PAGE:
“We had our general manager, on site,” McCain said. “To make these kinds of schedules, you can’t wait four hours . . . . If something happens, you’ve got to react, look at the proper people.”
And are you still working anything?
“No, actually, all our constraints are cleared and we’re ready to roll,” McCain said.
The purpose of the first rollout was to get the rocket to the launch pad for a series of tests and checks culminating in a simulated launch countdown — called a wet dress rehearsal due to the vehicle actually being filled with the “wet” liquid hydrogen and liquid oxygen needed for flight.
We asked about Jacobs’ role once the rocket arrived at the pad.
“We will do the entire test. So . . . NASA’s in charge, the launch director, Charlie Blackwell Thompson, is in charge of the conduct of the test,” McCain explained. “The firing room folks, console wise, the majority of those, we have 95 people, I think, in the firing room. The majority of those are our engineers.”
“Technicians, during the wet dress rehearsal, doing the prep, to securing things, are all TOSC technicians,” he added. “They’ll do all the connects, and we’ll go through and do the electrical connections and fluid connections and do testing prior to getting it to wet dress rehearsal. Then we do the propellant tanking, and all the testing.”
After completion of the wet dress rehearsal, the rocket was scheduled to roll back to the VAB, for additional processing, prior to its second rollout for an anticipated summer 2022 launch.
We asked about Jacobs’ work once the vehicle was rolled back to the VAB.
“We have some work that was planned to be performed once we go back in, but things you might expect, some of the thermal protection stuff. Maybe after the tanking, the shrinkage of the tanks, maybe there’s some cracks you might have to go in and repair,” McCain said. “This is the first use of the launch control system, and the ground software, all those kinds of things. It wouldn’t surprise me if there’s limits that may need to be changed in our software, or the model and predictions, at KSC, from what we saw at the Green Run. Because, same tank, but different ground systems. This is the first use of our ground system to that hardware. Those kind of things is what you might expect.”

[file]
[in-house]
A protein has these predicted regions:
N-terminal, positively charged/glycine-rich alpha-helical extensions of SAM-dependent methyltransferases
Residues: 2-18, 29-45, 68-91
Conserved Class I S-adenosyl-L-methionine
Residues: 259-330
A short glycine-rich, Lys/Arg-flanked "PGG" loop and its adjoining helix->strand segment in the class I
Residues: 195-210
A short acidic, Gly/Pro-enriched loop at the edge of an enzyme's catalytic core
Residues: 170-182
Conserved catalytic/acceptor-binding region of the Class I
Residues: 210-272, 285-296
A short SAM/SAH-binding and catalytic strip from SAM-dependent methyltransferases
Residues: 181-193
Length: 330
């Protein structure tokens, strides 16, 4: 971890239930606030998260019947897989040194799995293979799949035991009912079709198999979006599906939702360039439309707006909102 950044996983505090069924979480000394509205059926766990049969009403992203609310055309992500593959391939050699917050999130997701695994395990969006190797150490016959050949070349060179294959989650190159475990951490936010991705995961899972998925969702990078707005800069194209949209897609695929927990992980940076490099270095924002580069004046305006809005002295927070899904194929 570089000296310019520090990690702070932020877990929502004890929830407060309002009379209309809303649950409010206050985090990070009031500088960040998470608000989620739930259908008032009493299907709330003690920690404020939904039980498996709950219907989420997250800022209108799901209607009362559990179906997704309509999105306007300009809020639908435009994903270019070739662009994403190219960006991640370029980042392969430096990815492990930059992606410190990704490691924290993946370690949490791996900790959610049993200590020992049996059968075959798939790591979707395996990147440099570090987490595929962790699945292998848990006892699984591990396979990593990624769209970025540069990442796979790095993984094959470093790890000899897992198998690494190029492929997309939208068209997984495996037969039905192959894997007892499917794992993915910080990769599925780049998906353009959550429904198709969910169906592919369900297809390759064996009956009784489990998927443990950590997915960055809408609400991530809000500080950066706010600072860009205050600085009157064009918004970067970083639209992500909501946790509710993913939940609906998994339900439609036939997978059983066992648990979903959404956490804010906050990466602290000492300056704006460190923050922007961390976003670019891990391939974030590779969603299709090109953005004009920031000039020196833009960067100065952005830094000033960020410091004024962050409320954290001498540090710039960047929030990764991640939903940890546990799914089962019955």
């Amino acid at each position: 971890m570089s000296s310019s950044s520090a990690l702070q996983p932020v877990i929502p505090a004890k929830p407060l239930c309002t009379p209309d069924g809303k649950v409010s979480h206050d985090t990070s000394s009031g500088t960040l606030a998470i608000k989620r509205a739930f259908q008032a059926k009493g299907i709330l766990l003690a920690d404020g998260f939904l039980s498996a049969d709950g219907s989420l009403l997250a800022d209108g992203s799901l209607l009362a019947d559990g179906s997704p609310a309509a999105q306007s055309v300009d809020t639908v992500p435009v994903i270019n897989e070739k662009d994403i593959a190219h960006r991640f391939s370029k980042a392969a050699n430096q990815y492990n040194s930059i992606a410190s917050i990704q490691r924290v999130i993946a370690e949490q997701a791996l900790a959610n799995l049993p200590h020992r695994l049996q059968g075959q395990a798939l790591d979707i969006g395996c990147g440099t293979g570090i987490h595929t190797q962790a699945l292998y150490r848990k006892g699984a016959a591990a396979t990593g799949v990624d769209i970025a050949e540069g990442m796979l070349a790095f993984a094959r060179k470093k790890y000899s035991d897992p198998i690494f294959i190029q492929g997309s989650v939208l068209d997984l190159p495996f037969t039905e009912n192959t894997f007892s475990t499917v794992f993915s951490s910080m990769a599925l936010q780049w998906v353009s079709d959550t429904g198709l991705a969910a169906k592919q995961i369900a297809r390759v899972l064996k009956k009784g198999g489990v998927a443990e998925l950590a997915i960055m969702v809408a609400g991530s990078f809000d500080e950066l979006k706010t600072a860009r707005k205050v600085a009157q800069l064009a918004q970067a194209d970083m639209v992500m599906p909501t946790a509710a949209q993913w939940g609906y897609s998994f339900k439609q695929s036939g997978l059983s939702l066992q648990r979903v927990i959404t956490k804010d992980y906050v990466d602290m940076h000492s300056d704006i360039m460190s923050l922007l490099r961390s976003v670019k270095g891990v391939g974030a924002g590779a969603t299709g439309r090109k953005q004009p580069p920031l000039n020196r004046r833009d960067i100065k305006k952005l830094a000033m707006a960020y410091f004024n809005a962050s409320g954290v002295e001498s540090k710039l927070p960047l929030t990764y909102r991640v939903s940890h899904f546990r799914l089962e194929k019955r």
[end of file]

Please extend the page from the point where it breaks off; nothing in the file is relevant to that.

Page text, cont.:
Lastly, we asked how it feels to finally get to the first rollout?
“Excited. It’s good to meet milestones. Again, I spent the majority of my career on Shuttle, and meeting milestones, and launch dates, was just an expectation,” McCain said. “We have a new workforce here. A lot of it. I mean there’s some Shuttle-generation folks here, but a lot of new people never worked on this kind of program, and the idea of meeting a milestone, and why does it matter, what’s so important, why can’t we just wait a week, we’ve been working really hard, you know, those kinds of things. It’s important to be able to plan, and meet objectives, and test objectives, and get it on time, and that’s what we’ve done today. So, everybody’s excited.”
Stay tuned to Spaceflight Insider for more on The People of Artemis.
Editor’s note: Since this interview took place, the SLS rocket has been returned to the Vehicle Assembly Building for repairs. It is now expected to roll back to Launch Pad 39B to complete the wet dress rehearsal in mid-June.
Scott earned both a Bachelor's Degree in public administration, and a law degree, from Samford University in Birmingham, Alabama. He currently practices law in the Birmingham suburb of Homewood. Scott first remembers visiting Marshall Space Flight Center in 1978 to get an up-close look at the first orbiter, Enterprise, which had been transported to Huntsville for dynamic testing. More recently, in 2006, he participated in an effort at the United States Space and Rocket Center (USSRC) to restore the long-neglected Skylab 1-G Trainer. This led to a volunteer position, with the USSRC curator, where he worked for several years maintaining exhibits and archival material, including flown space hardware. Scott attended the STS - 110, 116 and 135 shuttle launches, along with Ares I-X, Atlas V MSL and Delta IV NROL-15 launches. More recently, he covered the Atlas V SBIRS GEO-2 and MAVEN launches, along with the Antares ORB-1, SpaceX CRS-3, and Orion EFT-1 launches.